global civil society the rio+10 interviews barry coates
The Global Campaign for Climate Action manages the TckTckTck campaign representing hundreds of millions of people united by a desire to see a strong global deal on climate change. Barry is also the Executive Director of Oxfam New Zealand. .
BARRY COATES: Politicians started the summit with a process of lowering everyone's expectations about what could be achieved. And the expectations, by the end, ended up even far lower than that. There was substantially nothing that was achieved that would make a tangible difference to people - particularly the poor in the world - or the environment.
What we had was a series of rather re-cycled words from other agreements that they just repeated. And most of the effort from NGOs and civil society lobbying here was to try and prevent moves backwards. The trade agenda completely dominated the agenda. And the World Trade Organisation agreements were allowed to completely trump sustainable development.
So what we had is essentially the World Trade Organisation in a superior position to the United Nations, and that's exactly the wrong way around! We should be insisting that trade serves the aims of sustainable development, rather than the other way round
What do you think can be done practically now, for NGOs and governments to move ahead?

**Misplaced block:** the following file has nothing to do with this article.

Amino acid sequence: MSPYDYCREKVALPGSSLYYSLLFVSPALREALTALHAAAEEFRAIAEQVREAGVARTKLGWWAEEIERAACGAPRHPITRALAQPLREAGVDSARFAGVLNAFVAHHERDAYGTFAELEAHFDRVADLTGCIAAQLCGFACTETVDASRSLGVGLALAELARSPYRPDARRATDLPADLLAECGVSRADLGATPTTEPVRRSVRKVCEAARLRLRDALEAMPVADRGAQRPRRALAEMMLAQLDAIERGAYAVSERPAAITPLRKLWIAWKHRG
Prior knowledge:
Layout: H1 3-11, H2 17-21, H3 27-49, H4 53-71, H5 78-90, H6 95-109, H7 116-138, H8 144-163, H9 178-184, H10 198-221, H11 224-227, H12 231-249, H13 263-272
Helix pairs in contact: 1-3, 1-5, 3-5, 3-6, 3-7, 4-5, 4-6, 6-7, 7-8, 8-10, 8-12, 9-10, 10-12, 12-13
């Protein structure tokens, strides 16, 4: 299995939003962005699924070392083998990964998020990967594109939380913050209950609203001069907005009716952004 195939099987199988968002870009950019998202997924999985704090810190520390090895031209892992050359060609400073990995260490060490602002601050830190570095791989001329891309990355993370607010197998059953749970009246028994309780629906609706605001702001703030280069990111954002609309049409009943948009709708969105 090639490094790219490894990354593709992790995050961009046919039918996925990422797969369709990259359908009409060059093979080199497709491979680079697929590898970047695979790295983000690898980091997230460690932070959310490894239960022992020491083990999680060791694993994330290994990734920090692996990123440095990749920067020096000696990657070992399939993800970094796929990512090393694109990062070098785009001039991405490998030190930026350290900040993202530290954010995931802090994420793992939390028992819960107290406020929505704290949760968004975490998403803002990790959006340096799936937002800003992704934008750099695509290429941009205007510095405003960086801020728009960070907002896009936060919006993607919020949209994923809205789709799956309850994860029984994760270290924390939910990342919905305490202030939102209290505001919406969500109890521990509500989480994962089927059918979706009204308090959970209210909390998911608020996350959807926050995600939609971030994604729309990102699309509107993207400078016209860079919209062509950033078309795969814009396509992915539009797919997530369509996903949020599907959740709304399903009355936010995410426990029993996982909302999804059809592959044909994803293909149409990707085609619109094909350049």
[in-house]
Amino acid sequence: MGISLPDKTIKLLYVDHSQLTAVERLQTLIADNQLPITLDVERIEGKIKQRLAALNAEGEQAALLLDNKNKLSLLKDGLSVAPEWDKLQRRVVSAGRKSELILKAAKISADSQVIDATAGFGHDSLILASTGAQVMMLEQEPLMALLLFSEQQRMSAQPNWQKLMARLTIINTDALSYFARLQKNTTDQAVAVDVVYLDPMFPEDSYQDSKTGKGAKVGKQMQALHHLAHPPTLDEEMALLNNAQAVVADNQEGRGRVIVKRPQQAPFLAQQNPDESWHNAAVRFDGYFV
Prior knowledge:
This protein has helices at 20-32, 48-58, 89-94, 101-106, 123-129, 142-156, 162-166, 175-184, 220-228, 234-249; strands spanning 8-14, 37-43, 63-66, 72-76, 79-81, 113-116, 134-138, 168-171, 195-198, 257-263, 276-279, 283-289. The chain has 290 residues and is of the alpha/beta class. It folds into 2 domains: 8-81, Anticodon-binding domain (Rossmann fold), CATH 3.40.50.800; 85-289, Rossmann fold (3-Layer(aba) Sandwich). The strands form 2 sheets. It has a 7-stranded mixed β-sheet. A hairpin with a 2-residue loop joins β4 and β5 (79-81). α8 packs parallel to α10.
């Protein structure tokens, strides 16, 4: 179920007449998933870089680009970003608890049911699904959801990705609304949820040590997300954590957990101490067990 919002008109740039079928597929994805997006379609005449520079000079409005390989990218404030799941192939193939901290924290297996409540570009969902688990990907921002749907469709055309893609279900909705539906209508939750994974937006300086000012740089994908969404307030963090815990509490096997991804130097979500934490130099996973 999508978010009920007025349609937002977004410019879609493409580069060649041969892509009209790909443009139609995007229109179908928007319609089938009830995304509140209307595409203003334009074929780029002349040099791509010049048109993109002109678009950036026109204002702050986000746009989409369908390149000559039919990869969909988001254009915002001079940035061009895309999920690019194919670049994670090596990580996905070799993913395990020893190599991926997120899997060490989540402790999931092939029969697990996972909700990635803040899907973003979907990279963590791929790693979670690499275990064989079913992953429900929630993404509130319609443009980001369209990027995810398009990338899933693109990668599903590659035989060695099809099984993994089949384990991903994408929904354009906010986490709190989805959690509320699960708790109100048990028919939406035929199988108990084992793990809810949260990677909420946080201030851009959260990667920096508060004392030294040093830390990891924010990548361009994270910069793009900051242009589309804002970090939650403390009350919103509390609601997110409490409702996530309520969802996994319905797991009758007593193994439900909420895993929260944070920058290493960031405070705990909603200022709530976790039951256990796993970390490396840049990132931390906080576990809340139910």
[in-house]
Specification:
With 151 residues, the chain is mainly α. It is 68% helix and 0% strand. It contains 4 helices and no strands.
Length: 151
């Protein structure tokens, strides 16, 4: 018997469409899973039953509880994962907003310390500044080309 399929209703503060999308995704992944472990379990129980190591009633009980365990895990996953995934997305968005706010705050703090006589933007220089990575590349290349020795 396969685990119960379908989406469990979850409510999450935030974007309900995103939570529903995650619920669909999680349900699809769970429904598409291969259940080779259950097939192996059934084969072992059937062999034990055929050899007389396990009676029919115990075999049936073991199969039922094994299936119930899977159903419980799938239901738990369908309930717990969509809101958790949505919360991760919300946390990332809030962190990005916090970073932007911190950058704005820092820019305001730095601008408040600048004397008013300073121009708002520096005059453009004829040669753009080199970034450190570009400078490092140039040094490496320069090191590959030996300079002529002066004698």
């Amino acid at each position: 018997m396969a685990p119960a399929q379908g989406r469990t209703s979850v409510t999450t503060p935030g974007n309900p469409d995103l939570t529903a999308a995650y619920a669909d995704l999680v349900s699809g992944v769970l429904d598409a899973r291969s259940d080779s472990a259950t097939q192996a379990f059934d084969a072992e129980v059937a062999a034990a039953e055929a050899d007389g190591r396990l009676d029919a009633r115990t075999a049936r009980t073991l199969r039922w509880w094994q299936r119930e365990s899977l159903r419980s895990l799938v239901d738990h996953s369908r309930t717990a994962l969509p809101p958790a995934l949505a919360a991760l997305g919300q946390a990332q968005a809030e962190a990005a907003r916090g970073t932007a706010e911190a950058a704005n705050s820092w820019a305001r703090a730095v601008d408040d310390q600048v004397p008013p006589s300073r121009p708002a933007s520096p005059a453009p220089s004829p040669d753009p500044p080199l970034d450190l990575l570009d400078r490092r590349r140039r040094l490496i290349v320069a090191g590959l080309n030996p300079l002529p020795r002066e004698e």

There are massive campaigns, social movements in countries around the world against liberalisation and globalisation. Before any more international summits can take place, we need these campaigns to convince governments to act in the interests of their people, in the interest of the planet, rather than the self-interest of the corporations in their country, and rather than playing these petty political games that have completely marred this World Summit on Sustainable Development.
Do you think that citizens and civil society have real power and ability to make a difference?
I think the power has to be with the citizens and civil society. What we've seen here is essentially governments colluding with big business to follow an agenda which gives overt power to big business to deliver water supplies to the poor through privatisation, to deliver electricity, telecommunications etc. That's what a lot of these partnership agreements that have been announced here have been all about. And instead, civil society movements need to re-claim those services so that they are made publicly accountable and so that we get affordable essential services for the poor.